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I'm a colonist who has declared war on machines and intend to conquer them some day. You'll often find me deep in the trenches fighting off bugs and ugly defects in code. When I'm not tappity-tapping at my WMD (also, known as keyboard), you'll find me chatting with friends, reading comics or playing a PC game.

Wednesday, April 15, 2009

Customizing the items in a WinForms ComboBox

The combo box is one of the favoured means by which users can select one from a group of pre-defined options. It provides a neat interface and reduces on-screen clutter. The items in a combo box are strings by default and for most cases, string items are sufficient for presenting data to the user. For example, a list of cities like "Wayanad", "Trivandrum" and "Ernakulam". However, there may be cases where strings are not enough.

What do we have?
We have an application that displays a demographic map of civil conflict. Areas on this map are categorised as high, medium and low risk. High risk areas are characterized by a red colour, medium risk areas are yellow and low risk areas are grey.
Now, these legend colours need to be presented to the user (There are only three colours here but there could be more). Further more, the user might want to select an area of risk and additional data will be presented to the user based on his/her selection.

What do we need?
We need more than just a standard combo box, we need a customized combo box! Let's call this type of combo box a LegendComboBox. A LegendComboBox will display a rectangle with a colour inside it along with a string. This can be accomplished by manually drawing the items inside the combo box instead of letting it be drawn for us.

How do we get what we need?
Before we dive into creating our LegendComboBox, we need to realize the item(s) that this combo box will hold. Obviously, a simple string won't do because we also need to specify the legend colour for that string. In order to store this information, let's create a new class named LegendItem.

//The type of item that can be added to a LegendComboBox.
public class LegendItem
{
public object Data { get; set; }
public Color Color { get; set; }
}

Now, that we know what type of items will be added to the LegendComboBox, let's create the combo box itself.

Step1: We start by deriving our LegendComboBox from System.Windows.Forms.ComboBox.
That way it looks and smells just like a regular combo box.

Step2: In the constructor of LegendComboBox we do two things.
First, we set the DrawMode of this combo box to OwnerDrawVariable. This indicates that we want to manually draw the items in the combo box. Secondly, we register a function with the DrawItem event. This function will be invoked whenever a particular item in the combo box is to be drawn on the screen.

public class LegendComboBox : System.Windows.Forms.ComboBox
{
public LegendComboBox()
{
this.DrawMode = System.Windows.Forms.DrawMode.OwnerDrawVariable;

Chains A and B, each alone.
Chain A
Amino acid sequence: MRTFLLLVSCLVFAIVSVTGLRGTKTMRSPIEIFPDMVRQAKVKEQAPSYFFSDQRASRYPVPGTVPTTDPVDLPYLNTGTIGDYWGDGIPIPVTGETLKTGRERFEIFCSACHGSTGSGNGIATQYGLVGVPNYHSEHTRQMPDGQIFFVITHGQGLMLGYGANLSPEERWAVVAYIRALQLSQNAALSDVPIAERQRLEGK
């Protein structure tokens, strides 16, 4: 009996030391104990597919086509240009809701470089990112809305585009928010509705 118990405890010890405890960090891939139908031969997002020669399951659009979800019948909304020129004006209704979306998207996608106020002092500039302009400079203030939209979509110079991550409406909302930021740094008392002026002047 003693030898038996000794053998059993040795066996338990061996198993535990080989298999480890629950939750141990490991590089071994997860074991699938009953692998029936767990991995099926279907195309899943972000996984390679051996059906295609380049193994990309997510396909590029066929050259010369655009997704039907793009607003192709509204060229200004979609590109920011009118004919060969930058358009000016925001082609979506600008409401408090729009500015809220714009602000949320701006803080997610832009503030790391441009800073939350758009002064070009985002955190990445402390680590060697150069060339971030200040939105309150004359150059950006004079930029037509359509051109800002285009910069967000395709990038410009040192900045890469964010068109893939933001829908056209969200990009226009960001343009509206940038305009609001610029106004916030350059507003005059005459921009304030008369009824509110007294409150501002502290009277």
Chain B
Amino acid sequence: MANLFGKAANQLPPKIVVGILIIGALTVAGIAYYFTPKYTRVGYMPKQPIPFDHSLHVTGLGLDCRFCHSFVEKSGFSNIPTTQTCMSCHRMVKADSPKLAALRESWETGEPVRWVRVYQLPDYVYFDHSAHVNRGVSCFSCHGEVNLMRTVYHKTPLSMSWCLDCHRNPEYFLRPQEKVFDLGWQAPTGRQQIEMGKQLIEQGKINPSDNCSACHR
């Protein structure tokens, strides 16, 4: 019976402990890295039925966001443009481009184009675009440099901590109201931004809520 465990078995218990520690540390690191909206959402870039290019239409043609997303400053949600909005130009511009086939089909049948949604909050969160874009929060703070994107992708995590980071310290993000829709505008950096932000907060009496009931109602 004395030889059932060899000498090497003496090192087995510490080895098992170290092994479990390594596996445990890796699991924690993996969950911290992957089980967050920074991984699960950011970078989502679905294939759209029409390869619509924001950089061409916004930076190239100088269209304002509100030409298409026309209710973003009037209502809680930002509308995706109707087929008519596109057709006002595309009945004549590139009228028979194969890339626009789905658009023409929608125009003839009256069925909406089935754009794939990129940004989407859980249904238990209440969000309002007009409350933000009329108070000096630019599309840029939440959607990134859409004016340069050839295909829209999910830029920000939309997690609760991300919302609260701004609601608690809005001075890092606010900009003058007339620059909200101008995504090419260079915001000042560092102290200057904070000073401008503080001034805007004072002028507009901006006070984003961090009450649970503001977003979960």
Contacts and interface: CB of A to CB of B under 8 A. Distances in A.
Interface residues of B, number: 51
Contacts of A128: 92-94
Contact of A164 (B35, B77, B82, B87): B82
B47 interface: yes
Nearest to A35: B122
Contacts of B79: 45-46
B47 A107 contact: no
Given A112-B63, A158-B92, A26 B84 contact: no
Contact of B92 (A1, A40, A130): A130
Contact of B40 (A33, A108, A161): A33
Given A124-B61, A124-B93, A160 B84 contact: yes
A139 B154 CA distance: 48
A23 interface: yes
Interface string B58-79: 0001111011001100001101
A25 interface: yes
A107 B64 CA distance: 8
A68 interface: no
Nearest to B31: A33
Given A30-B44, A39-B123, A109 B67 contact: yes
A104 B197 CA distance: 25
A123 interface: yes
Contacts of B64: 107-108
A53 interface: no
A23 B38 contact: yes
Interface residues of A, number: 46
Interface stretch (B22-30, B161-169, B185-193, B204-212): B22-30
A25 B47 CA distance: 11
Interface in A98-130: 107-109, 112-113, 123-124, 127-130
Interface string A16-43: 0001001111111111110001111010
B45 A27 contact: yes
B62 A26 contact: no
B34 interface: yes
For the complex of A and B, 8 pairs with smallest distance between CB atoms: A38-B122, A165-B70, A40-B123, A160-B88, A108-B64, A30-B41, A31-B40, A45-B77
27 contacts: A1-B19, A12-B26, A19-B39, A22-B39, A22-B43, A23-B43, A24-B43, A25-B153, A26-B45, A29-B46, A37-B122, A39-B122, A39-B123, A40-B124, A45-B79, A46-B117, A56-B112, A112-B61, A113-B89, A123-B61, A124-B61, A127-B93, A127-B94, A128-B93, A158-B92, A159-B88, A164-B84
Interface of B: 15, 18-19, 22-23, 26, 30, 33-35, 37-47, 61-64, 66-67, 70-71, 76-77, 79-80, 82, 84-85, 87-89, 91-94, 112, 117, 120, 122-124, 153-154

this.DrawItem += new DrawItemEventHandler(LegendComboBox_DrawItem);
...
}
}

Step3: The next step is to actually define the function that we registered with the DrawItem event of our combo box. This function will have a prototype of:
void LegendComboBox_DrawItem(object sender, DrawItemEventArgs e);

DrawItemEventArgs provides data about the item to be drawn.
This data includes the index of the item to be drawn, the graphics surface on which to do the drawing, and the area within which we can do the drawing.

void LegendComboBox_DrawItem(object sender, DrawItemEventArgs e)
{
e.DrawBackground();
LegendItem currentItem = null;
Rectangle rect = new Rectangle(2, e.Bounds.Top + 2,
e.Bounds.Height, e.Bounds.Height - 4);
try
{
currentItem = (LegendItem)this.Items[e.Index];
}
catch (InvalidCastException)
{
//If the item in the combo box is not of type LegendItem,
//then we just draw the item without the legend colour.
e.Graphics.DrawString(this.Items[e.Index].ToString(), this.Font,
new SolidBrush(this.ForeColor), e.Bounds);

return;
}

//Draw rectangle with legend colour.
e.Graphics.FillRectangle(new SolidBrush(currentItem.Color), rect);
e.Graphics.DrawString(currentItem.Data.ToString(), this.Font,
new SolidBrush(this.ForeColor),
new Rectangle(e.Bounds.X + rect.Width + 2,
e.Bounds.Y, e.Bounds.Width, e.Bounds.Height));
}

That's it. We're done.

How do we use what we've got?
Using the LegendComboBox is pretty straightforward. Create an instance of this class and then add LegendItems to it.

LegendComboBox cboLegend = new LegendComboBox();
cboLegend.Items.Add(new LegendItem { Data = "High Risk", Color = Color.Red });
cboLegend.Items.Add(new LegendItem { Data = "Medium Risk", Color = Color.Yellow });
cboLegend.Items.Add(new LegendItem { Data = "Low Risk", Color = Color.Gray });

A better solution would be to make this LegendComboBox a control that can be used in any WinForms application.

What have we learnt?
Through an example, we've seen that a WinForms combo box can be customized to display more than just string data. As a matter of fact, the DrawItem event is available for the ListBox and TabControl controls as well. Also, we aren't restricted to just drawing shapes for our items, we could even draw images and more.

3 comments:

sss said...

Thank u for ur post. very good explanation. Can u give me some idea abt how to make a linestyle combobox. I need a combobox with linestyles(solid line, dashed, dotted)
The color of these lines varies with a selection in another combo box

sunil said...

sss please see this link

http://stackoverflow.com/questions/5677117/draw-images-and-text-in-combobox

blarencebutt said...

Create custom items via ComboBox for WinForms